she shouldn’t be rude to you, but imo after she declined to return your deposit (which is completely normal policy) you should have accepted that. i’m sure on some level she does empathize with you, but this is her business. 

Post # 13
Member
3886 posts
Honey bee
  • Wedding: September 2011

These are excerpts from fair trading.nsw.gov:

Consumers should be aware however, that payment of a deposit and/or signing any documents may well mean they have entered into a contract and are bound by the terms and conditions of that contract

 So despite not having a formal contract, you’ve paid a deposit, and therefore you’ve agreed to some sort of contract.

Once a contract has been signed, neither party can change their mind – both parties are locked in. If either party still wishes to pull out of the contract before it is finished, they may end up paying a penalty (sometimes the full amount of the contract) or the other party may take them to court to recover their losses.

Some contracts may allow a party to ‘opt out’ or terminate the contract early, with or without a penalty.  If either party wishes to have an opting-out clause in the contract, they should seek independent legal advice to make sure they are properly covered.

As mentioned earlier, a contract can be made without a party being aware of it. For example, a book store promising to obtain a book for a customer and taking a deposit from the customer is entering into a contract. By the book store accepting the deposit and the customer offering to pay the balance later, a contractual arrangement has been agreed to.

Since you and your caterer did not agree upon cancellation penalty in advance, the courts (if you decided to sue) would likely follow the customary agreement that the deposit is what’s forfeit if the buyer cancels, and may force you to pay the balance.
 
you’re definitely in the wrong here, and it’s very possible that your caterer is s avoiding your calls because she’s so angry that she’s not sure she can speak professionally with you. I would accept that I was going to lose the deposit, and send her a letter requesting to consider the matter closed.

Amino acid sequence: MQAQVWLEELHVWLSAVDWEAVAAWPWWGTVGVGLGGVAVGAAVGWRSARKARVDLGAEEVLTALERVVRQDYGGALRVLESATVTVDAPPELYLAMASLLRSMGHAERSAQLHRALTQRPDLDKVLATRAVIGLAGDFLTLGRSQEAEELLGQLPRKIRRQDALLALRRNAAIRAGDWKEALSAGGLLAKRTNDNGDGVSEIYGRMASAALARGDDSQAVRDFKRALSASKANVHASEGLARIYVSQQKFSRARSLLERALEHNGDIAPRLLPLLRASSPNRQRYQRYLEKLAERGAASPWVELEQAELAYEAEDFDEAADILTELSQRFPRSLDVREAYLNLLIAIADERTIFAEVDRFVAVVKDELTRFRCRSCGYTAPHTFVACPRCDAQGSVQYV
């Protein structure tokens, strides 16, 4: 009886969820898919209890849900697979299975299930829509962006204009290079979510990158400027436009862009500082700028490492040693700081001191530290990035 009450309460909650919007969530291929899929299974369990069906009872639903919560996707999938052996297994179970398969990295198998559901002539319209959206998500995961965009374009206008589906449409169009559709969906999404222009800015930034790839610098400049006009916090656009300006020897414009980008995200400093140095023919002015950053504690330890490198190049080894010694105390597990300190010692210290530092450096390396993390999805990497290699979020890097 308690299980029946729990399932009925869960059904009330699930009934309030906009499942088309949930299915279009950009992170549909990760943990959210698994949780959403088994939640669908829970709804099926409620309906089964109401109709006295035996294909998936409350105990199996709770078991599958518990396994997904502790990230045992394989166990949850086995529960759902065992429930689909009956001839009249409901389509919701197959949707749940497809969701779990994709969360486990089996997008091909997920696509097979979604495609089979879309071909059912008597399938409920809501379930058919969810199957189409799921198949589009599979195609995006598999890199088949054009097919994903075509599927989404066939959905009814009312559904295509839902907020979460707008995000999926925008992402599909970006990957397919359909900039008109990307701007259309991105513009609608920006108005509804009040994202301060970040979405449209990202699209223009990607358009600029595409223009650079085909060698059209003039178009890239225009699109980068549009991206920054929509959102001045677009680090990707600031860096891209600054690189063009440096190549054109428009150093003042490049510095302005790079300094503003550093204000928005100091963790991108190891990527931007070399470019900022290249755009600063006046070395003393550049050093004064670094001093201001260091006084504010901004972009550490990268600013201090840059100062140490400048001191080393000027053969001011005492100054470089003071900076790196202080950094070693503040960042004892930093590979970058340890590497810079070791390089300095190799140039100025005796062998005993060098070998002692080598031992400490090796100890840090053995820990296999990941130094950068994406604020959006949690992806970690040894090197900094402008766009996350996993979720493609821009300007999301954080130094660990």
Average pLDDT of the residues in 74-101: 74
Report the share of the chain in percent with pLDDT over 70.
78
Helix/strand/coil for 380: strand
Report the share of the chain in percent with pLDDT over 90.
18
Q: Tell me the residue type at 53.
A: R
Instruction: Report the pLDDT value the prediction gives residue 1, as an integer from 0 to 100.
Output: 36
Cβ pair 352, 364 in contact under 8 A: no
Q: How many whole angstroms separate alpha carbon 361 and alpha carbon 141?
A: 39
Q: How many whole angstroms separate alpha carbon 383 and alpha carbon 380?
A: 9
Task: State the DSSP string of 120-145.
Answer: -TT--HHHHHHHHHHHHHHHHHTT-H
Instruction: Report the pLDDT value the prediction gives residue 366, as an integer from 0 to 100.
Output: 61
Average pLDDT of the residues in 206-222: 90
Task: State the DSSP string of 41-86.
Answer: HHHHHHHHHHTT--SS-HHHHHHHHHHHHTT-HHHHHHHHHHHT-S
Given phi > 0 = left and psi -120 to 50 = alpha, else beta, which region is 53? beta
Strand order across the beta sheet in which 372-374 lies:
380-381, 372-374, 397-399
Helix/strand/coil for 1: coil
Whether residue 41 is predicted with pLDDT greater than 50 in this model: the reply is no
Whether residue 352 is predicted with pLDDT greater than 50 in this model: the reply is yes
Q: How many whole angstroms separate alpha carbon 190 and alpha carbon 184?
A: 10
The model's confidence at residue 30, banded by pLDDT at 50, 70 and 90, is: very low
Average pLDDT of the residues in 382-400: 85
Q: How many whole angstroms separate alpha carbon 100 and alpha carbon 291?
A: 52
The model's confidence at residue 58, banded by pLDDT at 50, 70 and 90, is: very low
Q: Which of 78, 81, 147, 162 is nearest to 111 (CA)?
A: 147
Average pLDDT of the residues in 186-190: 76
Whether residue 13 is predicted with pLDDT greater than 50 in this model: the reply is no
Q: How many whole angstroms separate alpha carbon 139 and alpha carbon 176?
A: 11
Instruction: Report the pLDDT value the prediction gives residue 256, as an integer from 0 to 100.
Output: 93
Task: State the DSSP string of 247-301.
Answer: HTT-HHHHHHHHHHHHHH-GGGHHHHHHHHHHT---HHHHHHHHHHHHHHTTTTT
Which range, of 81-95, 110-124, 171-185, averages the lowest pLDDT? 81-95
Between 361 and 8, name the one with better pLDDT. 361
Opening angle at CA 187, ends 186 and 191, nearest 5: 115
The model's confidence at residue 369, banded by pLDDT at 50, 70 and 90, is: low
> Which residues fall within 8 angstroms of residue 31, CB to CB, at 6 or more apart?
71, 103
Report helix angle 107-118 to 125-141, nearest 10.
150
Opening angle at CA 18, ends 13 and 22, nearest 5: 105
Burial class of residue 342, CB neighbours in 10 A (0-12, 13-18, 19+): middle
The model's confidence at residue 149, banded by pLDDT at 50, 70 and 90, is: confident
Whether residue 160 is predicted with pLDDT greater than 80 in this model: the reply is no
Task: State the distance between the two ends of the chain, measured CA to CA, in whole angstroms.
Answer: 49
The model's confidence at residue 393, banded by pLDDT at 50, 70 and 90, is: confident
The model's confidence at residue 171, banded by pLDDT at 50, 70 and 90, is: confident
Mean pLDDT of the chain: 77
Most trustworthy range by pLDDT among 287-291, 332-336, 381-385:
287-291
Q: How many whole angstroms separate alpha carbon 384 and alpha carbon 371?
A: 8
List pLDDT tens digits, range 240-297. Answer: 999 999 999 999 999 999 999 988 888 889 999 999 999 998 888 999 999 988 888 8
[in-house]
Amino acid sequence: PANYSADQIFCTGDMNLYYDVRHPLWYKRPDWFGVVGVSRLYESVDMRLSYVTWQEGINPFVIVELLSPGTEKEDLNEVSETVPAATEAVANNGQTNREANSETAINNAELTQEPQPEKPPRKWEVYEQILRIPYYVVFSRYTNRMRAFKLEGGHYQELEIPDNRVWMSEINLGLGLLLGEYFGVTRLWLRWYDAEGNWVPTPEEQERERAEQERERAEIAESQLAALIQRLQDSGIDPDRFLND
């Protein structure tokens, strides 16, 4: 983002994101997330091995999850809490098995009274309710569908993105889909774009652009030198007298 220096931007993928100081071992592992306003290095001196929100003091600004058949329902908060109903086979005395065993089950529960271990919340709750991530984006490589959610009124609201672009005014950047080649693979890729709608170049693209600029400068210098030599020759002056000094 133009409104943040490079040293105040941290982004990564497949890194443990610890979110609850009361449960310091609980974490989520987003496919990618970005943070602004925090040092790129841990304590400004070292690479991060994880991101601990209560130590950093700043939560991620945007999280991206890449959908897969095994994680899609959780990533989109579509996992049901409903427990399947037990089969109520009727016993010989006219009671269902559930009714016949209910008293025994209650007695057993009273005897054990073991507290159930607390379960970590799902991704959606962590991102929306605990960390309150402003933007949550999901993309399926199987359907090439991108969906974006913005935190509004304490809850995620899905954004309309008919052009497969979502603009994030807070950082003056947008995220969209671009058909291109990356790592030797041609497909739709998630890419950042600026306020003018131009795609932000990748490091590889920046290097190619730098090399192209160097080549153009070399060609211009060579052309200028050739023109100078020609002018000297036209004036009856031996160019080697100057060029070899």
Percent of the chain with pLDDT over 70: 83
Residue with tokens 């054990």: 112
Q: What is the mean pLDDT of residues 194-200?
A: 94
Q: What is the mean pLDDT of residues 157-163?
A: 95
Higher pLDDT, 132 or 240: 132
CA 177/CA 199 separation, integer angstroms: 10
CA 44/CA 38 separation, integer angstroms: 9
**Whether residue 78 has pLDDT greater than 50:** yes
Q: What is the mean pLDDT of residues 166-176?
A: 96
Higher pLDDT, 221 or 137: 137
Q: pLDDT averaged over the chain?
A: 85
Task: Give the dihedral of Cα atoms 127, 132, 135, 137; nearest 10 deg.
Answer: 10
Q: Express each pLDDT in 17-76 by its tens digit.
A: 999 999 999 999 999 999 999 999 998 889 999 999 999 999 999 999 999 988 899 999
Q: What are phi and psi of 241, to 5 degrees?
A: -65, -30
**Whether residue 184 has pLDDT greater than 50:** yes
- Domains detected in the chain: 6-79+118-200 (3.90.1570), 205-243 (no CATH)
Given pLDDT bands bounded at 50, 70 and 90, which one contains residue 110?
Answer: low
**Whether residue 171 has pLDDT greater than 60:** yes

FWIW many vendors in the food service world only deliver twice a week, or even once a weel for smaller accents. It is very possible that your caterer has truly already received or at least ordered product for your wedding if its only 8 days away.

Post # 14
Member
2917 posts
Sugar bee
  • Wedding: March 1996

If you have already asked her about a refund and you’ve now decided to accept that you won’t get your deposit back, it would be VERY good of you to contact her and let her know. Honestly, she did nothing wrong, and if you don’t tell her you understand she won’t be refunding you and are okay with it, it’ll be hanging over her head for the next year or more that she might suddenly get a letter from a lawyer or whatever. It’s too bad your wedding had to be so drastically changed last-minute, but not her fault, and she’s not in the wrong for keeping the deposit.

Post # 15
Member
502 posts
Busy bee
  • Wedding: October 2013

Did you have anything in writing that stipulated terms of the agreement?

Post # 16
Member
11272 posts
Sugar Beekeeper
  • Wedding: April 2012

@kriss85:  unfortunately, i don’t think you are entitled to your deposit back.  perhaps you can work something out with the caterer where she can suppy you with some food trays for brunch the next day or can she make your cake?  this way you can recoup some of the deposit with product.  with the way she is acting though, it may be a long shot.